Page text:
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Sunday, September 19, 2004 - Page updated at 12:00 A.M.

Turkish shooter to sign with Sonics

By Steve Kelley
Seattle Times staff columnist

Ibrahim Kutluay is labeled as one-dimensional.
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For a team that won only 37 games last year, the Sonics have been quiet in the offseason.

That could change slightly this week.

The Sonics are expected to offer a two-year contract to Turkish swingman Ibrahim Kutluay, who made 12 of 23 three-pointers and scored 19 and 26 points in Turkey's two pre-Olympic games against the United States.

"It's not official, but it's close," Sonics general manager Rick Sund said yesterday. "(Coach) Nate McMillan really wants to get another shooter. He called me and said, 'What about this kid?' "

Kutluay, who turned 30 in July, will arrive in Seattle today and take a physical, probably tomorrow, before signing what is said to be a two-year contract worth $3.36 million.

"He's one of the five best shooters in Europe," said one NBA coach, who asked not to be identified. "But defense? I think he can spell the first four letters."

Nicknamed "Ibo," the 6-foot-6 Kutluay joins his Turkish national teammates, Orlando's Hedo Turkoglu and Utah's Mehmet Okur, in the NBA.

"When I play good in those games I think why not try to go over there," Kutluay said yesterday from his mobile phone in Turkey. "I had offers before, but I had a good contract in Europe and I never took the offers seriously.

"But when Seattle made me an offer, Ray Allen is my idol and it will be a dream come true to play with him. I like Seattle. I like the way they play and I like the coach. Of course this is the highlight of my career. I did so many things for the Turkish people and now, after my career in Europe, I'm excited to play in the NBA. This is a big decision for me."
He is considered the most popular player in Turkey. His longtime relationship with model and singer Demet Akalin was great fodder for the Turkish gossip columnists. He now is in a relationship with Demet Sener, a model and former Miss Turkey.

"He is the beloved son of Turkey basketball," said Kaan Kural, a commentator on NBA games for Turkish television. "He is good-looking and has a heart-warming smile. He is a public-relations god."

More than his good looks, his good touch caught the Sonics' attention. The hope is Kutluay's shooting can help mask the loss of free agent Brent Barry to San Antonio.

"He was a leader of the Turkish national team and now, for us to get a leader who will be happy to be our fourth or fifth guard could be really good for us," Sund said. "Make no mistake, we're going to miss Brent's outside shooting. But, for this kid whose dream is to be an NBA player, we think he will accept a supporting role.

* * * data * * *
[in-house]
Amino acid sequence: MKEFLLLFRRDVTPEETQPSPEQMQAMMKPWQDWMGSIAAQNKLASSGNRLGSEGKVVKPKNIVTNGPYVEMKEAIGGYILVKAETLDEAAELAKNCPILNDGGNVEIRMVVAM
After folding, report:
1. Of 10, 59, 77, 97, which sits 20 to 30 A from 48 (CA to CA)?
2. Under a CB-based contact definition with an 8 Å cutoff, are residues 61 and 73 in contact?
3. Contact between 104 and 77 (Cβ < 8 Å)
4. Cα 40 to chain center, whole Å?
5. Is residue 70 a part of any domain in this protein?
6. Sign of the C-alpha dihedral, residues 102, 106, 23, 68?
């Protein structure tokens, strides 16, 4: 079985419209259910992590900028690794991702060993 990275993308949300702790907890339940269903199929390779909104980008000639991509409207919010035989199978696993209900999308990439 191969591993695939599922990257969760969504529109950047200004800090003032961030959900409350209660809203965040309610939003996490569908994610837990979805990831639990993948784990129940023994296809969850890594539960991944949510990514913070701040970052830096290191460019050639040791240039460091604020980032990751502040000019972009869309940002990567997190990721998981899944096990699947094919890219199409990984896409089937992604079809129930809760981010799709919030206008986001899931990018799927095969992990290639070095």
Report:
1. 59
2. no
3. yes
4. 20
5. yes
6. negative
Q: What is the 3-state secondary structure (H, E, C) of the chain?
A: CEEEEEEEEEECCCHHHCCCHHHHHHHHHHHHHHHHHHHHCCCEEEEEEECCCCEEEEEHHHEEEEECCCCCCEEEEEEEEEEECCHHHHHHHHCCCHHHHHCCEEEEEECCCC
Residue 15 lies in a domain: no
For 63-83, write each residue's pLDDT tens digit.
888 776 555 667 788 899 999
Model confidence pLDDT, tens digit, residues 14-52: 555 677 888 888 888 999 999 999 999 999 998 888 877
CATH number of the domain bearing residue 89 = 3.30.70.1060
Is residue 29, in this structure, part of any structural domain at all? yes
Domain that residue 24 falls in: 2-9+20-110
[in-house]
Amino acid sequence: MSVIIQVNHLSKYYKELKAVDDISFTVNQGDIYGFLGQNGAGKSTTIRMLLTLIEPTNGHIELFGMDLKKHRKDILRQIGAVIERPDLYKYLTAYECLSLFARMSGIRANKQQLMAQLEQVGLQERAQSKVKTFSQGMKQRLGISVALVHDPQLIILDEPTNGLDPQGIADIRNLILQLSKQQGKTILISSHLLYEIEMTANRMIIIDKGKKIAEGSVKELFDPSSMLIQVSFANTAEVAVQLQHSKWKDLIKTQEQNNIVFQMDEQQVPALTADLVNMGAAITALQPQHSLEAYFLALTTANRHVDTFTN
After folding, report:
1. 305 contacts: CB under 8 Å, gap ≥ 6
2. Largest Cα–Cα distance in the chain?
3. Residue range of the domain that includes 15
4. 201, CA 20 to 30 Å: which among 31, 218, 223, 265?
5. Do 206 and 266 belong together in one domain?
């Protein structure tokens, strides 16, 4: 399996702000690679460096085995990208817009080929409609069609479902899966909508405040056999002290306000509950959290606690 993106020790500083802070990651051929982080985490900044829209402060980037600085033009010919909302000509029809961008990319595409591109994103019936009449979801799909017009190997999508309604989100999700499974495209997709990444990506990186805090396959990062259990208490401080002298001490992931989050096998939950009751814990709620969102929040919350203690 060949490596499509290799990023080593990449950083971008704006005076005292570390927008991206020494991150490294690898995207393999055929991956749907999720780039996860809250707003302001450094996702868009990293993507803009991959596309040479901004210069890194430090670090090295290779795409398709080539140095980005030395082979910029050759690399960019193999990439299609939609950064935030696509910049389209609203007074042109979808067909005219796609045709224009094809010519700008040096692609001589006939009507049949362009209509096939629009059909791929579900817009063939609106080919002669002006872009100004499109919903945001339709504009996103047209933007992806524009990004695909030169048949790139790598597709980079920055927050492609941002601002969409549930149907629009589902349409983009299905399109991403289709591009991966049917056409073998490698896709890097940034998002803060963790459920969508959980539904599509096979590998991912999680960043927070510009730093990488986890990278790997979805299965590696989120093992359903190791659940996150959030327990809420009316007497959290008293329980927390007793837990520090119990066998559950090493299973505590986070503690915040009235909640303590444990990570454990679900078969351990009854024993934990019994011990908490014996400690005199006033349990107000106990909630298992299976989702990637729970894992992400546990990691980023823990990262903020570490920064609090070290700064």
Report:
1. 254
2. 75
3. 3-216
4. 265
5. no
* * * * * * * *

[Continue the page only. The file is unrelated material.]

"We're not looking for him to play 35 minutes a night. We're looking at him as kind of a specialist, like a Vinny Del Negro or a Steve Kerr was."

Kutluay said yesterday he understands that the Sonics have given him no guarantees about playing time.

"It is in my hands. I have to adjust quick and I will work hard," said Kutluay, who is taking a generous pay cut to play with the Sonics. "I know I will have some difficulties, of course, but I can play. I am a very good player, and I will do a good job this year."

He was asked about his defensive lapses.

"I'll have to work on my defense," he said. "But I will adjust. I don't think playing defense in the NBA is going to be a big problem."

Kutluay grew up a soccer fan, often traveling more than 1,000 miles to watch his beloved Fenerbahce play.

But one day he picked up a basketball and fell in love with the game.

He played for Fenerbahce's basketball team, but the club was more committed to its soccer team. He went to Efes Pilsen and took it to its first-ever European Final Four, then in 2000 signed with AEK of Greece.

In 2001 Turkey hosted the European Championships and lost in the championship game to Serbia-Montenegro. It is considered the greatest achievement in Turkish basketball, and Kutluay was one of its stars.

He played for Panathinakos, the Lakers of Greece, in 2001 and 2002, but lost his starting spot in 2002. Last year he played for the Turkish team Ulker.

"He had a dull season," Kural said, "but then came alive in the games against the USA. He's reached such a status in Turkey that no one seems to realize that he occasionally forgets to come up with the goods. Everyone only remembers the good things he's done. It's like no one believes he can ever fail.

"Kutluay is a one-dimensional player. He is a streaky shooter, and when his jumper is on, it is on. But in other areas, in my opinion, he might struggle. He can't create his own shot. In Europe that is not a big problem. But in the NBA style where swingmen are occasionally expected to create for themselves, that could give him a great problem.

"The strong and athletic American players still give the European players trouble. That's what he must avoid, but how he can do it is beyond me. He is not good handling the ball or passing. He is a catch-and-shoot player and needs many of Danny Fortson's picks.

"But I've watched him for seven years and I've learned never to second-guess Kutluay. He will be just a fringe player, but he will be a positive influence, because above all, he's a big-time winner."

Copyright © 2004 The Seattle Times Company

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